How Critical Theory Ruined Feminism

EDIT NOTE: This article was edited in May 2021, to clarify the concepts and terminology used.

Today, we’re going to talk about how critical theory ruined feminism, and in particular, brought about the rise of trans-exclusionary radical feminism, also known as TERFism. Classical liberal feminism, the kind I personally subscribe to, the kind proclaimed by great classical liberal thinkers like John Stuart Mill, is all about equality between the genders, equality for both men and women. It is a natural extension of classical liberalism, which demanded equal standing and equal opportunity for every individual. Where every individual is to be equal, men and women are by definition to be equal, right?

In recent years, feminism has become controversial among some people. Many are concerned about a movement they see as pitting women against men all the time. In particular, many people, particularly progressive people, have become concerned about the rise of gender critical feminism, otherwise known as trans-exclusionary radical feminism or TERFism, and its deeply anti-trans attitudes, arising directly from their worldview of men vs women as a zero-sum game. The truth is, this divisive version of feminism is the contamination of feminism with the critical theory worldview. It was resisted by many great feminists during the second wave in particular, but unfortunately it found its way in.

So what is the critical theory worldview? It sees people not as individuals, but as belonging to classes or groups. It sees individual choices not as agency or empowerment, but as a result of systemic forces, acting out power dynamics between classes. In this worldview, men are seen as an oppressor class, and women are seen as an oppressed class. There must therefore be some sort of class struggle between the two. In the critical theory worldview, women are literally pitted against men.

But this is not the product of feminism itself. Classical liberal feminists like myself don’t ever support gender wars. In fact, having a boys vs girls dynamic means that we will never get true gender equality, like real feminism actually promises. Rather, it is the product of a critical theory worldview. Therefore, what we should be opposing is the critical theory worldview. We need to insist that equality is to be examined at the individual level. We should be proud to reject analyses of group-based power dynamics, because these concepts serve to pit people against each other, while being not as relevant to individual freedom anyway. Of course, where there is real racism or sexism against individuals, we should face it. We should take it seriously. But we should do so in a classical liberal worldview, which will lead to the liberation of people as individuals. We should reject the group-orientated critical theory worldview, which will only lead to endless infighting, while promising a utopia that never ever comes.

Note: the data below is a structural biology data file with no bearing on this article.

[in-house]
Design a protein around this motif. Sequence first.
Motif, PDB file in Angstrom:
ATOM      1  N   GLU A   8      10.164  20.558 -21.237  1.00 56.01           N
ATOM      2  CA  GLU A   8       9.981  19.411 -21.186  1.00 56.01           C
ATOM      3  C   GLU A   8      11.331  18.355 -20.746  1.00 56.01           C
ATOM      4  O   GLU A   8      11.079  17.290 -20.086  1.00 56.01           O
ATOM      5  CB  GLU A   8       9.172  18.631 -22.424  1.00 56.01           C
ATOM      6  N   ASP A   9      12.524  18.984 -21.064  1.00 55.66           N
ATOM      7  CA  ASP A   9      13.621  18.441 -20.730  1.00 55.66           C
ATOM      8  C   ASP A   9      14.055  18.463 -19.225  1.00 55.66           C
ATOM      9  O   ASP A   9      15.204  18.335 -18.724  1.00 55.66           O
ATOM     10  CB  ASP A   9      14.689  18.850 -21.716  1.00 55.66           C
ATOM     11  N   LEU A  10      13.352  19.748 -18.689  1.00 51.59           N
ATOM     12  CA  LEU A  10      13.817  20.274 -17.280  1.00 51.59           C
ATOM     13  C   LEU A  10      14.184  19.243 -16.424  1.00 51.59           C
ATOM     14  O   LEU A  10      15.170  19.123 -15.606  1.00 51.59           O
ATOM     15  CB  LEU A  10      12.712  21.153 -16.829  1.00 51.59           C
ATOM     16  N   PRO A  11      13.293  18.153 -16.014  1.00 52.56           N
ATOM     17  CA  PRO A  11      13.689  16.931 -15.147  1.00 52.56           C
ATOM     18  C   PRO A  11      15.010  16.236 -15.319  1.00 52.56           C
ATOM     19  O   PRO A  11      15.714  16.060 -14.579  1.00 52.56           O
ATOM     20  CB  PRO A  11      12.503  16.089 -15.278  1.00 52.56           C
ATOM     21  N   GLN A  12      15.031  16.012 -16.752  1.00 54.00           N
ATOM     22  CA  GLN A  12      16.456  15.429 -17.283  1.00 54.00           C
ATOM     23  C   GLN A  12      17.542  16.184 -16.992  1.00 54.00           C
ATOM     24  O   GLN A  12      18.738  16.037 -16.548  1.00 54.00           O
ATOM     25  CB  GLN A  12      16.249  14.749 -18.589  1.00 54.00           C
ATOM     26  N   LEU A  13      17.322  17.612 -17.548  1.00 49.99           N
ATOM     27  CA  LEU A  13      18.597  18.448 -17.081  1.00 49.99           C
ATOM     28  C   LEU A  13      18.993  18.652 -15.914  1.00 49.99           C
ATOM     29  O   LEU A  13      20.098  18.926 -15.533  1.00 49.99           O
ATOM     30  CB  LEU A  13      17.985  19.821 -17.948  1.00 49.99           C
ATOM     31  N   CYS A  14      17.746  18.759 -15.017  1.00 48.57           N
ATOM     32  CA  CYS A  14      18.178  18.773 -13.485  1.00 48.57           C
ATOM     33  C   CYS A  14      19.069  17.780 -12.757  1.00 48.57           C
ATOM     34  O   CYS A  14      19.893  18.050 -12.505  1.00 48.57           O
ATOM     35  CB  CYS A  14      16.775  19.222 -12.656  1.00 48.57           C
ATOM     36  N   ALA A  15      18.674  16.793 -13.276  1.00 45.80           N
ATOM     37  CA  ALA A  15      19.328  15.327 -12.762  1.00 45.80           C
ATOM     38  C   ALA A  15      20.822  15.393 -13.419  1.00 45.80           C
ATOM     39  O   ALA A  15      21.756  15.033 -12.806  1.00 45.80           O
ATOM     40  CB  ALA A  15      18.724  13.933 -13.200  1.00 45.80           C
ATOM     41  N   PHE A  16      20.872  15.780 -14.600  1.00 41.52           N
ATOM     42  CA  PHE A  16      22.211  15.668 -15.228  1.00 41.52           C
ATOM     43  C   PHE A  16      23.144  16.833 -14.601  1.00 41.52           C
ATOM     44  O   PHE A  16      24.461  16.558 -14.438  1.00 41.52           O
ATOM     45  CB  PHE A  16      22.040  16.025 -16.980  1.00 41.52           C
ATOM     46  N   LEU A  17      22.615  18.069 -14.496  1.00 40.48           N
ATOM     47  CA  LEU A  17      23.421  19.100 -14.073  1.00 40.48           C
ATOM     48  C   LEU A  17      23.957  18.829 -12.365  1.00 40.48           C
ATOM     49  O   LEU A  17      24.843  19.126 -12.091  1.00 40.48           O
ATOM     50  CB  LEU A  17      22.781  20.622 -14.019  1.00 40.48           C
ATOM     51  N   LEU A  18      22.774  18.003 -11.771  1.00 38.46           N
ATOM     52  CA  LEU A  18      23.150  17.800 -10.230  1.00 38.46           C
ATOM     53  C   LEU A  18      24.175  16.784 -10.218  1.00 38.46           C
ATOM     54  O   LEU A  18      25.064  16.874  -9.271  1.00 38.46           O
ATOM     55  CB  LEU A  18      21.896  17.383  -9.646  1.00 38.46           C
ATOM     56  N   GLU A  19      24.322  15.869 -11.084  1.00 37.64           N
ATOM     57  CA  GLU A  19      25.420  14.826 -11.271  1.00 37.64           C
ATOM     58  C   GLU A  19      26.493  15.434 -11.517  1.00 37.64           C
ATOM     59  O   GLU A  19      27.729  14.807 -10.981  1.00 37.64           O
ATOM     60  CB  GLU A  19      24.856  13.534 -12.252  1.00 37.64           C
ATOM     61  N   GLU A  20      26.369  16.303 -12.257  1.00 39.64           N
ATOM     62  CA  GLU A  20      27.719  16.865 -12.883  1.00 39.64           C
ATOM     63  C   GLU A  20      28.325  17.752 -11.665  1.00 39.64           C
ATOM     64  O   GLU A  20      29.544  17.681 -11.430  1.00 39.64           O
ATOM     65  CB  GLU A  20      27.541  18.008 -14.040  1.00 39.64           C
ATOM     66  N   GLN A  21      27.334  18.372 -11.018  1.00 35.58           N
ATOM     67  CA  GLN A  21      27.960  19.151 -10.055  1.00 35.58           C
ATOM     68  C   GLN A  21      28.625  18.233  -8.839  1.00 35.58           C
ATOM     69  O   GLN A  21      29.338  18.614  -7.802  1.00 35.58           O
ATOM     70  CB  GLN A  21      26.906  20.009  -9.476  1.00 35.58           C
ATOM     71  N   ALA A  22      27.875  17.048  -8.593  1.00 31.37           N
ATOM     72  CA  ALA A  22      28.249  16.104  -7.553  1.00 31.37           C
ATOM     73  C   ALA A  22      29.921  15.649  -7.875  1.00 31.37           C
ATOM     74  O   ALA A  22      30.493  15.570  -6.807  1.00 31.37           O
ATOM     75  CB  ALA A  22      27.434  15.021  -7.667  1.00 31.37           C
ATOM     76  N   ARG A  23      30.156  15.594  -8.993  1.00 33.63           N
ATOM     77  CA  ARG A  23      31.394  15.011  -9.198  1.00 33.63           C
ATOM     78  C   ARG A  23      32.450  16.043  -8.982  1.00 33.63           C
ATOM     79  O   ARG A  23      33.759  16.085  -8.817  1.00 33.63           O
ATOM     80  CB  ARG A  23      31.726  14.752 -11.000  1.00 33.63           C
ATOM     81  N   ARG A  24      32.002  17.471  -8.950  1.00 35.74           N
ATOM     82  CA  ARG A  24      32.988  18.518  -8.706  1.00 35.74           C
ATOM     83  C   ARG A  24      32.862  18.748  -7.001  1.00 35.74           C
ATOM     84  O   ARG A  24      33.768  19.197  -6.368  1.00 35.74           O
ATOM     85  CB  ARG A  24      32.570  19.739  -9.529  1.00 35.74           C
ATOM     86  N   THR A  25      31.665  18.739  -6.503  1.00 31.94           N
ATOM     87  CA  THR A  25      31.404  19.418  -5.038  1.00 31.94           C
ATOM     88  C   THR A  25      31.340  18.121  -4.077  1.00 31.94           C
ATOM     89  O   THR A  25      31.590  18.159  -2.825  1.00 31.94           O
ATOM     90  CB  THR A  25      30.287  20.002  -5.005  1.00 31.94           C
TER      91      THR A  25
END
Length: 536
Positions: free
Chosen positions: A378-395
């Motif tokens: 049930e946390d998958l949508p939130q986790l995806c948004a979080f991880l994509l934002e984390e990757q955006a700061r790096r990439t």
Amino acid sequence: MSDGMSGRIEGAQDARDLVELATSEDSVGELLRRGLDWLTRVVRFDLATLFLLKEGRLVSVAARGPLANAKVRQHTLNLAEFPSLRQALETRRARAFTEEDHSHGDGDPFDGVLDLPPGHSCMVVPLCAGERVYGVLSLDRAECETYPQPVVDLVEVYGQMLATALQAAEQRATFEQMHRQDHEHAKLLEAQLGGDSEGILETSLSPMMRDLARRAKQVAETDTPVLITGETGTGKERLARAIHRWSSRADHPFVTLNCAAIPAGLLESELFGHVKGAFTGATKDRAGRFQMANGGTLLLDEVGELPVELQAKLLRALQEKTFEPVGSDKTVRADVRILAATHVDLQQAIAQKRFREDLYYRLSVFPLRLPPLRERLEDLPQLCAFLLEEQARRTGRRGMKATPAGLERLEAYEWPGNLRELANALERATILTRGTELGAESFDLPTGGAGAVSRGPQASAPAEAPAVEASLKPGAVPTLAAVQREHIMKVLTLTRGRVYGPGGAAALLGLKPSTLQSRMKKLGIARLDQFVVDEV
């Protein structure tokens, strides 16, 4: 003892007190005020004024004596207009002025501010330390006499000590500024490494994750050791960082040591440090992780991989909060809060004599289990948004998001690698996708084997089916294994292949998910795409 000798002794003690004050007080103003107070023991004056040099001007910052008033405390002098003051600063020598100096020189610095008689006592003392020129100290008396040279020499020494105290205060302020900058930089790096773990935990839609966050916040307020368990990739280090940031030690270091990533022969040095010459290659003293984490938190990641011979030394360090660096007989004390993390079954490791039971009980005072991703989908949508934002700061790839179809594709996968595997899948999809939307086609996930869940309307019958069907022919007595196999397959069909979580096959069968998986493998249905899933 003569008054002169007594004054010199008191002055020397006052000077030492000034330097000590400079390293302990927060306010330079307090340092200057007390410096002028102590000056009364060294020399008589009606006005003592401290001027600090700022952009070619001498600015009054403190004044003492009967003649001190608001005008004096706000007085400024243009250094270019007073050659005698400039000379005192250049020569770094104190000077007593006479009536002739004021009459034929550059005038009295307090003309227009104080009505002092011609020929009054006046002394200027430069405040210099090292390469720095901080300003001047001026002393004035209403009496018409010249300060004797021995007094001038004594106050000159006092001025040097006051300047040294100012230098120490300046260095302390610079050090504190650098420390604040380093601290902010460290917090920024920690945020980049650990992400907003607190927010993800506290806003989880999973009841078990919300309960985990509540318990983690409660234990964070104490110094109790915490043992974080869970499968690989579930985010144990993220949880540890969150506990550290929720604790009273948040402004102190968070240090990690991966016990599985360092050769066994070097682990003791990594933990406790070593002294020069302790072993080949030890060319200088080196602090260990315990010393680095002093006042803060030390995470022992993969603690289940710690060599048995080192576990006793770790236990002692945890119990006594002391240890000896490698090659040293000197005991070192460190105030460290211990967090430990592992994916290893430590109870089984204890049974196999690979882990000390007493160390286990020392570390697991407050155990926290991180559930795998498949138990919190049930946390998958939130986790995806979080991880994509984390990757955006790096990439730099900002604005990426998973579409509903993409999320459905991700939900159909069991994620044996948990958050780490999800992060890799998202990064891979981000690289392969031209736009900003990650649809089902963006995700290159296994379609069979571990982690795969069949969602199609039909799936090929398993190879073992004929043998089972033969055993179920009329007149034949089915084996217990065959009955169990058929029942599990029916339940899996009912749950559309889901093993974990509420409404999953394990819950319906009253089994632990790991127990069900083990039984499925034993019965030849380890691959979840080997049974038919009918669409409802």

A major problem we have is that the critical theory worldview has gained an upper hand in intellectual and academic discourse in recent years. Critical theory based pseudo-Marxist analysis has become the default system for analysing social relations and sociological reality. This must change. I propose that we call for the establishment of a new tradition of social analysis, where we analyse social relations based on the individual as the unit, and individual liberty as the highest good. The core Moral Libertarian principle of Equal Moral Agency for every individual would be a good starting point for this.

Using a moral libertarian analysis, we can develop a more individualist, and hence fairer, perspective on inequality. For example, if we are concerned about women having a harder time in politics or in STEM fields, what we need to do is to listen to the real experiences of women in those fields. We need to listen to what barriers they perceive as being in their career, and if these barriers are proven to be real, we need to fix them. However, we look at situations on an individual level, and we have no reason to generalise everything like critical theory loves to do. For example, while women are disadvantaged in politics, men are disadvantaged in custody battles. Each situation is unique, and we need to fix the inequalities in a case-by-case manner, looking at individual experiences in every case.

Originally published at on October 19, 2018.

TaraElla is a singer-songwriter, independent journalist and author, who is passionate about free speech, liberty and equality. She is the author of the Moral Libertarian Horizon books, which focus on developing a moral case for freedom-based politics in the 21st century.



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